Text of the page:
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Beads of sweat begin to swell on your brow and angst is plastered on your face. You should be excited about your trip, but your stomach is churning as if you were starting your first day of high school.
Packing for the baby, the disapproving looks from other passengers on the plane, and the disruption of your child’s sleep schedule are only a few of the worries that take over your mind when preparing for your big flight abroad.
But, traveling with an infant on an international flight doesn’t have to mimic the chaos from Snakes on a Plane.
Traveling with a newborn baby seems scary and impossible.
But, international travel with a baby is totally doable, mama!
To maintain your sanity, your baby’s well-being, and feel like an accomplished traveling mom, check out these five helpful tips on flying with a baby on an international flight.
Call the Airline Directly to Book the Flight
On all international flights, you must always inform the airline that you will be traveling with an infant on your lap, or if you would like to request a bassinet. Request the bassinet early, most planes only have one or two. Many airlines permit you to bring one free bag, like your diaper bag, (there are weight restrictions), in addition to one collapsible stroller.
All airline infant policies vary with regards to baby bag allowances, bassinet availabilities, flight fees, etc. so be sure to confirm with the airline as soon as you start looking at flights. Lastly, don’t forget, if you are traveling internationally with your baby, passports are required. It doesn’t matter how young they are. Birth certificates are only valid for domestic travel.
Schedule the Flight Near Baby’s Bedtime
If you are headed to Europe, it is best to take an evening flight. Oftentimes, that means you’re landing somewhere in Europe early to mid-morning. This timing allows your baby’s sleep pattern to better adjust to the new time zone. Minus a wee morning feeding or two, hopefully, Mama got a little rest too. Well, as long as Daddy wasn’t snoring (or farting) all night.
Resist Overpacking the Diaper Bag
You do not need to pack everything your baby has ever used, worn, or sipped. Seriously. You barely have enough arm space for a diaper bag, along with the baby, stroller, baby carrier, etc.
Try to gauge the number of diapers you may need based on how much your infant uses daily. On an 8-10 hour evening flight, I packed 10 diapers, small pack of wipes, milk or formula (be advised TSA may screen the liquid to check for explosives, etc.), baby Tylenol, two toys, a nursing cover (which doubled as a burp cloth), and two baby outfits. I fit all of this into a small backpack because I did not want to have to carry a heavy, gaudy bag throughout our trip.
You don’t need plastic bags for dirty clothes, blankets, or paper towels for the changing table, you can easily get them from a flight attendant. Of course, you may still pack whatever you may need in your checked luggage.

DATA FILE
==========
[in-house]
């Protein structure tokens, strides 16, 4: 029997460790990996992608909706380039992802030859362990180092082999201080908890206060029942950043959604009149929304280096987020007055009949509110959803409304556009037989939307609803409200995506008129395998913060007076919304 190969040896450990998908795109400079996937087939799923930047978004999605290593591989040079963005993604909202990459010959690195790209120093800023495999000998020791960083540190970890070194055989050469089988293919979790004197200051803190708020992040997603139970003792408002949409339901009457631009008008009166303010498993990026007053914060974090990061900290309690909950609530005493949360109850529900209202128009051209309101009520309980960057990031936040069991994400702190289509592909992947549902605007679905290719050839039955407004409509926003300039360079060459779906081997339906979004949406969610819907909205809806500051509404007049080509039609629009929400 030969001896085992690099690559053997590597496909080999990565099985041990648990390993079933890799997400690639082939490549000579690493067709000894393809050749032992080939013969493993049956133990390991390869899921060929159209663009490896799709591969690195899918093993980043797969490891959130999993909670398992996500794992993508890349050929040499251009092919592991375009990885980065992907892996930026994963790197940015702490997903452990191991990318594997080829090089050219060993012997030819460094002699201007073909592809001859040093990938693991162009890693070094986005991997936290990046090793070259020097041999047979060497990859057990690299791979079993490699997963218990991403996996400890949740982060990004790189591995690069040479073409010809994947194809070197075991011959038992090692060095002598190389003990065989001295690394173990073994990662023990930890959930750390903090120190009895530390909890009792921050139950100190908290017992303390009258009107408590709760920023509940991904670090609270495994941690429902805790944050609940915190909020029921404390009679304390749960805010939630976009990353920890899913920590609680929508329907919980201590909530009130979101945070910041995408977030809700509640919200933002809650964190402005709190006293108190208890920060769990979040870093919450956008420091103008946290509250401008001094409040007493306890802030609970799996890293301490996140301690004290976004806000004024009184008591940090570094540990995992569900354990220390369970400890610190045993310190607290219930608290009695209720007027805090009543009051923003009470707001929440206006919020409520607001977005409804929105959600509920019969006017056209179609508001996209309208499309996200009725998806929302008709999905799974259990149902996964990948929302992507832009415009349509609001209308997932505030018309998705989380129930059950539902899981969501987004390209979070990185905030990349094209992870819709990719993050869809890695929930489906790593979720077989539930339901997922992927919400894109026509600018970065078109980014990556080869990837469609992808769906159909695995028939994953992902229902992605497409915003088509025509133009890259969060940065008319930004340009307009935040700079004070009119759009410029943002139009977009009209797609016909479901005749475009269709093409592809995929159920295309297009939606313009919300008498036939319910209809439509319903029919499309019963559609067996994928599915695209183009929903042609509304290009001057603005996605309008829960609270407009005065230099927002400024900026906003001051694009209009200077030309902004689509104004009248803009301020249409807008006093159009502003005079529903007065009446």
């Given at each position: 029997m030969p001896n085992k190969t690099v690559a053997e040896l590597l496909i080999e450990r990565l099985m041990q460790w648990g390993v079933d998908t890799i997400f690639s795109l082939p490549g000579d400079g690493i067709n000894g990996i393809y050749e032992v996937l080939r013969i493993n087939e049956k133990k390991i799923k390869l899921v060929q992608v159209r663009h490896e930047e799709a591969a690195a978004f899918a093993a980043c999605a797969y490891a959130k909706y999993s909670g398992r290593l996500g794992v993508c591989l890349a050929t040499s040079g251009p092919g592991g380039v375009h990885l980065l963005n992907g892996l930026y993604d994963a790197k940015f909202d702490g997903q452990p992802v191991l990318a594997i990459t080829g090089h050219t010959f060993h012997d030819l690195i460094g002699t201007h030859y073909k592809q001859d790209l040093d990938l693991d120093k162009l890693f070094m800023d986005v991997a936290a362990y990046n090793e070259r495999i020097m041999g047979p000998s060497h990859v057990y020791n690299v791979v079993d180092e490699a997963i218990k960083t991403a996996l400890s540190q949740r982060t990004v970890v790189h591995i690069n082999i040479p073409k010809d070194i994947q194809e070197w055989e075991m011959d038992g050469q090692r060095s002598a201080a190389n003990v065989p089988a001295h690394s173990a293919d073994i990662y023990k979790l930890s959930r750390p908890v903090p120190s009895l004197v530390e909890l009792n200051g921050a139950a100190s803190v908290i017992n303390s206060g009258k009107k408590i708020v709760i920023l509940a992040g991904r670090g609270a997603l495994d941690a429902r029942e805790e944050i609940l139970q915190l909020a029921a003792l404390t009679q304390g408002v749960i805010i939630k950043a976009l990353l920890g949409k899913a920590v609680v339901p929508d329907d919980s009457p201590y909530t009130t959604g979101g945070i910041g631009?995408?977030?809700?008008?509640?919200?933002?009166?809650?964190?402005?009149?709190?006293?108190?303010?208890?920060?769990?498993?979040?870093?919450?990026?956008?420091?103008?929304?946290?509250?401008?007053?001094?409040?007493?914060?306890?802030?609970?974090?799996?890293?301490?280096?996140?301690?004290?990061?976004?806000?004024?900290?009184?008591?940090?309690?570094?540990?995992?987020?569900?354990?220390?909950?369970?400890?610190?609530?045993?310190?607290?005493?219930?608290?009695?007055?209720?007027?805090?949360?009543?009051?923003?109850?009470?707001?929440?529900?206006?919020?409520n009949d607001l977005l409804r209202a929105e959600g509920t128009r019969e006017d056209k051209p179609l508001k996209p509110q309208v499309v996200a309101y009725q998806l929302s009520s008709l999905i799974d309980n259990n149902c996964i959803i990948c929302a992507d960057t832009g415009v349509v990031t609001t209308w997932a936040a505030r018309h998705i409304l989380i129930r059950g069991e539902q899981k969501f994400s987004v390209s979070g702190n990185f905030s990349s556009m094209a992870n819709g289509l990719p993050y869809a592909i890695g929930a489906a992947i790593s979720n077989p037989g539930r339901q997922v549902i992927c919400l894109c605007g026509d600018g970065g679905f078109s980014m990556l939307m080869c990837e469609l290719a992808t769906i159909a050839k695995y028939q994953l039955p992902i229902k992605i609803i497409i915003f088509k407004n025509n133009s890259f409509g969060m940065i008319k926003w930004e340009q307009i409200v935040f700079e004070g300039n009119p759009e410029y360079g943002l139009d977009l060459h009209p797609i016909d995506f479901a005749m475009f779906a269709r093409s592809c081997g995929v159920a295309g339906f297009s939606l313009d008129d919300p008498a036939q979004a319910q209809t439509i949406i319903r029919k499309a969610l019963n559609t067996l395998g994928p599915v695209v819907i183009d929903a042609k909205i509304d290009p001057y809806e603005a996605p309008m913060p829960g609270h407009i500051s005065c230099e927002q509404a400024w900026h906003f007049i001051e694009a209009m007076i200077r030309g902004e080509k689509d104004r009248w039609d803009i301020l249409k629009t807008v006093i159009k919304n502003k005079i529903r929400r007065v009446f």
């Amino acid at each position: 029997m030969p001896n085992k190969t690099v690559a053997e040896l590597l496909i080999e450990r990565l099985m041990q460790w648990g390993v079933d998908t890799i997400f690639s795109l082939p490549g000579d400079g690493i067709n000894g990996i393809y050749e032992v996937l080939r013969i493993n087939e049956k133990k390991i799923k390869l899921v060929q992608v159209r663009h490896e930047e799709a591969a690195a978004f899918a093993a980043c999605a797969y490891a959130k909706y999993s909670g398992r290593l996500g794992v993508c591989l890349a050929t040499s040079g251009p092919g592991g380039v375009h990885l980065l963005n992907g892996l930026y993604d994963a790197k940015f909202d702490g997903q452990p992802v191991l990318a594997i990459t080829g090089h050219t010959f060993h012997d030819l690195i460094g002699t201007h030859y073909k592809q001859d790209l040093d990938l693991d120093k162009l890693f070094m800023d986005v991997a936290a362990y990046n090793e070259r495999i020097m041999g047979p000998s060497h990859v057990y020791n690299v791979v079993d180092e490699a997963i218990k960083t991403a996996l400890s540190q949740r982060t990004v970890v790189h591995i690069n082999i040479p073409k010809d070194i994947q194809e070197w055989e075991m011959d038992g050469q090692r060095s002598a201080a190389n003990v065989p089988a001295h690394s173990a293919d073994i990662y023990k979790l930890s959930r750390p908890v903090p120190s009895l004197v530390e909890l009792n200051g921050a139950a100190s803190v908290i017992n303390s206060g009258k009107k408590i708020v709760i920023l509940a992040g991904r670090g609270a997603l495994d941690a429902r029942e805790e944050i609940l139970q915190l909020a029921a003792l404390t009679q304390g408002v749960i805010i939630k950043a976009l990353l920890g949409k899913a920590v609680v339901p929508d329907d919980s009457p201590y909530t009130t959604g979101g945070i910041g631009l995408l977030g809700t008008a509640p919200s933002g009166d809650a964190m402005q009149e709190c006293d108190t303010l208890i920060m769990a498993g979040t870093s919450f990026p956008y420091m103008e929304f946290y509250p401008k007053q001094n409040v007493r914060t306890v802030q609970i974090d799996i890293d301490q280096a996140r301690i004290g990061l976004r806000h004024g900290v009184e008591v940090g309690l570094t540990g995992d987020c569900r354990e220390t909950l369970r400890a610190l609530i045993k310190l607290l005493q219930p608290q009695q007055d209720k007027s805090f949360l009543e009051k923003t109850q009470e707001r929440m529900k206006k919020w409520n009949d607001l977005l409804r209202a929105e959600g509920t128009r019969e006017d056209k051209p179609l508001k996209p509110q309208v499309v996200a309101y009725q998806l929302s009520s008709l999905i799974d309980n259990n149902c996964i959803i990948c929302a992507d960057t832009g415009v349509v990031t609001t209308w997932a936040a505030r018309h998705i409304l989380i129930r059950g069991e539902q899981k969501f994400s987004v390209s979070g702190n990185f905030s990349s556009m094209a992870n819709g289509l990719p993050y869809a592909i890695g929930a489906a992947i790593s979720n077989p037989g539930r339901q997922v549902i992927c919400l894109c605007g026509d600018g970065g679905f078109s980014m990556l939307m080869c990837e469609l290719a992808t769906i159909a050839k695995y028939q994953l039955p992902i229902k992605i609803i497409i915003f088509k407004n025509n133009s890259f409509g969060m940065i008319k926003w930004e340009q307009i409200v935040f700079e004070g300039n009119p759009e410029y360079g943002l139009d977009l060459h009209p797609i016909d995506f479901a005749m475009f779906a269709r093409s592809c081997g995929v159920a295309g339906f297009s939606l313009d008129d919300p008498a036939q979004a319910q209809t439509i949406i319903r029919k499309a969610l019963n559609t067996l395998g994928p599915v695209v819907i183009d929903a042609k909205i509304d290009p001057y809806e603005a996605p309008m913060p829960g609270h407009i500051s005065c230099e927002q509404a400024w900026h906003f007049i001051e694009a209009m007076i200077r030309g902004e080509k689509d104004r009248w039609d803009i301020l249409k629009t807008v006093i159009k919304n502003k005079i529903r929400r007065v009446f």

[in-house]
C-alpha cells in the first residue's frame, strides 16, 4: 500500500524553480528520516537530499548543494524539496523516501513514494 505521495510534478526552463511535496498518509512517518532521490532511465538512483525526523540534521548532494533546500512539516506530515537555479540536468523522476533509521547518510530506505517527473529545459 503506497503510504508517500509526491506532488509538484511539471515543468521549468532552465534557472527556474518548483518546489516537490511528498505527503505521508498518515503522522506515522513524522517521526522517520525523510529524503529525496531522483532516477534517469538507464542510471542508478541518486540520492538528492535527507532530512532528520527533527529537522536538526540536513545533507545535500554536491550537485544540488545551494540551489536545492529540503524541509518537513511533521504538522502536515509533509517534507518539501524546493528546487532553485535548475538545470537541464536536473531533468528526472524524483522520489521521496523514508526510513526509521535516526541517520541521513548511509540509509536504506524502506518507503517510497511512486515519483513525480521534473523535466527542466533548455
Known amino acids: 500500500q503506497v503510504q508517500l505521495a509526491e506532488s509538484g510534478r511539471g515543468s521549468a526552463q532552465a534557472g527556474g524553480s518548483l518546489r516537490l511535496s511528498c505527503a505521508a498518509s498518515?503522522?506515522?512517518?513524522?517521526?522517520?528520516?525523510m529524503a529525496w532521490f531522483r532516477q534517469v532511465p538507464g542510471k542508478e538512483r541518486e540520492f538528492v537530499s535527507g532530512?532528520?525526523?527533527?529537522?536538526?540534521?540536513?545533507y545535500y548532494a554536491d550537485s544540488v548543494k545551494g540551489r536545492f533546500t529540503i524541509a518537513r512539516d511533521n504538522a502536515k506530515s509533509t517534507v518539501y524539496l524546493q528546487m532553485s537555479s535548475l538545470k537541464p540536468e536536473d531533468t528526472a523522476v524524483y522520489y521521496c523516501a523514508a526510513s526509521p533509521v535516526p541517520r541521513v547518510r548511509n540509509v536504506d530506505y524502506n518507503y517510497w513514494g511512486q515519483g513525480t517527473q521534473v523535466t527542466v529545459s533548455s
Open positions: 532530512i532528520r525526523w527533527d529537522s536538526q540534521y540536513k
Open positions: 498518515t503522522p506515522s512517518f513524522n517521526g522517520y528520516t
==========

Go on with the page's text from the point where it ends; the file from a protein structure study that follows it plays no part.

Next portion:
Just remember, less is more and there are stores at your destination to buy more diapers, treats, etc. If you are venturing somewhere off the beaten track, locate nearby markets and plan accordingly.
Use a Lightweight Stroller at Airport (and During the Trip)
When TSA, and other airline personnel, see the stroller, it’s like you’re the Queen of Sheba. Almost every time they see a baby in a stroller, they whisk you away into another entrance for ease, maneuverability, and because…. you have a baby!
No one wants to hear a screaming baby, especially when you’re conducting serious business like TSA. Lastly, invest in a lightweight umbrella stroller because it is not fun to haul the big strollers around, especially on trains, buses, etc. I found a used Chicco Liteway on Facebook Marketplace for $50 or you can find one for under $100 on Amazon. It can carry a small diaper bag, reclines for nap time (if you’re out exploring), and holds the Holy Grail, a cup of coffee. It is my go-to stroller for all of my travels near and far.
Soothe Your Baby
At take-off and landings, nurse (or bottle feed), your baby to help soothe her and eliminate the pressure in her ears. Not all babies experience ear pain on airplanes, but don’t take that chance. As a last resort, there are baby ear drops, baby earplugs, and even baby ear muffs for the airplane.
According to pediatrician Karen Sokal-Gutierrez M.D., M.P.H, “your baby is more likely to experience ear pain if she has nasal congestion from a cold or allergies, which can cause swelling of the Eustachian tubes.”
If you believe this to be the case, ask the pediatrician whether you should give your little one a decongestant for the flight. It can take about 20 minutes for the plane to reach cruising altitude, so if your baby does manage to get fussy during that time, soothe your infant by bouncing her on your lap.
Remember to stay calm and not stress about the other passengers. We were all babies once and they can live through it. It’s not like there are snakes on the plane, right?